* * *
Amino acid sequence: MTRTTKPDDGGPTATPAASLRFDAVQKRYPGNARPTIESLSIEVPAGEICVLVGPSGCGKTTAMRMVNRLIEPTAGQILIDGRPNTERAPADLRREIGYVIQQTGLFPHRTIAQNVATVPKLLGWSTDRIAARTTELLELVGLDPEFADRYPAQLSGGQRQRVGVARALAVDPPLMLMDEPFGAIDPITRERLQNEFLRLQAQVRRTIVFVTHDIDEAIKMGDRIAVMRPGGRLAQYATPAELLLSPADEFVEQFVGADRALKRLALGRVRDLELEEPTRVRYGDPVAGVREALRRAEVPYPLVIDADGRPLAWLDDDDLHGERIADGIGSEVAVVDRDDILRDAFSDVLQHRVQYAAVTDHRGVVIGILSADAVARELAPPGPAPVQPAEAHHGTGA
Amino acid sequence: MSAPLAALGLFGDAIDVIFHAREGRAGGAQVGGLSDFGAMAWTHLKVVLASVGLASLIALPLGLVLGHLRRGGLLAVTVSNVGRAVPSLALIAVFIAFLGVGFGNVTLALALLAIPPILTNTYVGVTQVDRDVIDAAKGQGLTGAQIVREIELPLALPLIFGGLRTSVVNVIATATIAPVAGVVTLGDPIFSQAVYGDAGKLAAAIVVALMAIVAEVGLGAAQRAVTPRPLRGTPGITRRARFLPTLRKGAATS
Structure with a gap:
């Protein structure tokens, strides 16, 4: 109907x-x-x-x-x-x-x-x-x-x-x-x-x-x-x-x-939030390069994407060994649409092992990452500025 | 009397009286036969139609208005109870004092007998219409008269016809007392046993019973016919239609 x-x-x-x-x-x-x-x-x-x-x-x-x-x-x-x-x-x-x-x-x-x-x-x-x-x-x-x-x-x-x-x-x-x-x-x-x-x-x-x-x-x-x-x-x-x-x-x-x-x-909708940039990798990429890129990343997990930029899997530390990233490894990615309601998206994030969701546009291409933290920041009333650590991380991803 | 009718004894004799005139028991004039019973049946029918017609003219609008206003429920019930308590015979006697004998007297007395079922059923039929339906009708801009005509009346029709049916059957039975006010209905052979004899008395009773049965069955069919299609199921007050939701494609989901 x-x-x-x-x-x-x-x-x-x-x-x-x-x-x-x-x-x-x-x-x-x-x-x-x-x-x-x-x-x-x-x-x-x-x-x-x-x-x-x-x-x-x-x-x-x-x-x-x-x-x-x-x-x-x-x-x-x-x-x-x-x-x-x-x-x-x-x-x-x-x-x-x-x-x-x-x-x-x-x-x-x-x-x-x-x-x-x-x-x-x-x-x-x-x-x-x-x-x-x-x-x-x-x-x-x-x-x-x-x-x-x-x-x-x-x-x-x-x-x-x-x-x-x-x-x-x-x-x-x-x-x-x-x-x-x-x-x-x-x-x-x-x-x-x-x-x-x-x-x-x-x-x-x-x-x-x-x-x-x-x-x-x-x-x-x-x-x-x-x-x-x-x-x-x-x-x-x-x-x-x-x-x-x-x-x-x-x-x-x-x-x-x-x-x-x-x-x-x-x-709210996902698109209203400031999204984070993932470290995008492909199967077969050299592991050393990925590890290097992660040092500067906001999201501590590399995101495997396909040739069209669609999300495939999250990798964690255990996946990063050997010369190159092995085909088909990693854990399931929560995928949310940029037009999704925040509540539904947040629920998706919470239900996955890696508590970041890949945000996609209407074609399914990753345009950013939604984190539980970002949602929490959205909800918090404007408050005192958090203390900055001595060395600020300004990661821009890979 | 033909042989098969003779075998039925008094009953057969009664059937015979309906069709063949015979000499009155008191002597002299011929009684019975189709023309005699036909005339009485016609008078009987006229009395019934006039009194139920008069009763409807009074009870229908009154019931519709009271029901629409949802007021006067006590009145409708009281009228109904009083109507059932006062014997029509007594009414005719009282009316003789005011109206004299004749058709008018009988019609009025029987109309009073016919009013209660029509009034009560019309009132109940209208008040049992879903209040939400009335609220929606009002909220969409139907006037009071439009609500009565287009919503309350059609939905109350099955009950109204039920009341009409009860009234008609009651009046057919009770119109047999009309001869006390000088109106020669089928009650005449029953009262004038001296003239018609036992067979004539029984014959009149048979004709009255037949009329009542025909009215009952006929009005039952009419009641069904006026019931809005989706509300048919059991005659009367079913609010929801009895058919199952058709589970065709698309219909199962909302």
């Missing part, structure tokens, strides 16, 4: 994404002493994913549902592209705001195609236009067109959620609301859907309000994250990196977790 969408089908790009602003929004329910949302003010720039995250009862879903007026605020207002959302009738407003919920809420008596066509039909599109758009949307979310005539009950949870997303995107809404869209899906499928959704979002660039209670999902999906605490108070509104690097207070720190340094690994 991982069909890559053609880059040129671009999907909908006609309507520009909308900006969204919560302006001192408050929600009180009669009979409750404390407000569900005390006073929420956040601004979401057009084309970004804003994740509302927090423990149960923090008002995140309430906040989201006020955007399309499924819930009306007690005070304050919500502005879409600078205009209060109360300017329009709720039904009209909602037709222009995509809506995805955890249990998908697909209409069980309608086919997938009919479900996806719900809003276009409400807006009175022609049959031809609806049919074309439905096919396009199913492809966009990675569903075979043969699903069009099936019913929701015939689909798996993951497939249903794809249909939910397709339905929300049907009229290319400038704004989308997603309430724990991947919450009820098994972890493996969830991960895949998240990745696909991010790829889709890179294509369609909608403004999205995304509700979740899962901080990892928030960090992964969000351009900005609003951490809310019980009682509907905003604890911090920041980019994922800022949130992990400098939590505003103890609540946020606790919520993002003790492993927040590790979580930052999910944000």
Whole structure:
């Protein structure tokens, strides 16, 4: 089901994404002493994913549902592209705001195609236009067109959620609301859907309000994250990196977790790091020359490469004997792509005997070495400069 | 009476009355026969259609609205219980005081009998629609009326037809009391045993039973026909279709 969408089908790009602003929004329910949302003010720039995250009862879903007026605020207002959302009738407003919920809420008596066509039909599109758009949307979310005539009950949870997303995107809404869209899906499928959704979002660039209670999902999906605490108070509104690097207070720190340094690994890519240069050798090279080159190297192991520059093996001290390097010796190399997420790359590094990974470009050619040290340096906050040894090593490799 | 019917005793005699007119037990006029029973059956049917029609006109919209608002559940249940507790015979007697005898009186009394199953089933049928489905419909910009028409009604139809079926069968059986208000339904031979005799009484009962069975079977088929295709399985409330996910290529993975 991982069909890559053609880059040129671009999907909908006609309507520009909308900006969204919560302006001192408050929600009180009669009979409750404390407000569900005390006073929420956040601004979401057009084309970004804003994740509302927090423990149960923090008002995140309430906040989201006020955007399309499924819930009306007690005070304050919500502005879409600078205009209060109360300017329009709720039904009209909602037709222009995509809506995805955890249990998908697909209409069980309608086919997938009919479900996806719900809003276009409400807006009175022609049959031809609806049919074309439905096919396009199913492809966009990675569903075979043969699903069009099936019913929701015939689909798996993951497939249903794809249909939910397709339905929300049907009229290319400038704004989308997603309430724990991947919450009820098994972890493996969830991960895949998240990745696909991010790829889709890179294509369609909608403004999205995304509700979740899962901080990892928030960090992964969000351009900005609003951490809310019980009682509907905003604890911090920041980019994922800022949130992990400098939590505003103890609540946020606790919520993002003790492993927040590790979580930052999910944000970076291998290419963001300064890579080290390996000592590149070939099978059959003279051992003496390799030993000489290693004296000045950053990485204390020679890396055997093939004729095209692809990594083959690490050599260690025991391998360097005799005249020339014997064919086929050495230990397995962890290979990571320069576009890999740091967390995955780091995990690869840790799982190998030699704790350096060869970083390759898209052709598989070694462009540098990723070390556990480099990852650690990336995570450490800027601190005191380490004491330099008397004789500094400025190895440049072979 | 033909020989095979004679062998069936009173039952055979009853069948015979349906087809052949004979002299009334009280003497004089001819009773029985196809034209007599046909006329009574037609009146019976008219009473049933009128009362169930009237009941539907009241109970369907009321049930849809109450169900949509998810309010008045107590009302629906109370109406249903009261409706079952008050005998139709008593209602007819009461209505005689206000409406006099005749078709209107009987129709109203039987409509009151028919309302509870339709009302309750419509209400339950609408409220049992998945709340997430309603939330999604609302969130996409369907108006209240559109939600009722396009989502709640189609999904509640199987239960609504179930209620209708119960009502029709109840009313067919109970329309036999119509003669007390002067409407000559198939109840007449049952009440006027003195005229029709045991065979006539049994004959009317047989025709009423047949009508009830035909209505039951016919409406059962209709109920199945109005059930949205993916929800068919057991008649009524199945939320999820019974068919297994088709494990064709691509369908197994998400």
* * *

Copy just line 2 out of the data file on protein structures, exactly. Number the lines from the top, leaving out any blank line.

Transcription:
Amino acid sequence: MSAPLAALGLFGDAIDVIFHAREGRAGGAQVGGLSDFGAMAWTHLKVVLASVGLASLIALPLGLVLGHLRRGGLLAVTVSNVGRAVPSLALIAVFIAFLGVGFGNVTLALALLAIPPILTNTYVGVTQVDRDVIDAAKGQGLTGAQIVREIELPLALPLIFGGLRTSVVNVIATATIAPVAGVVTLGDPIFSQAVYGDAGKLAAAIVVALMAIVAEVGLGAAQRAVTPRPLRGTPGITRRARFLPTLRKGAATS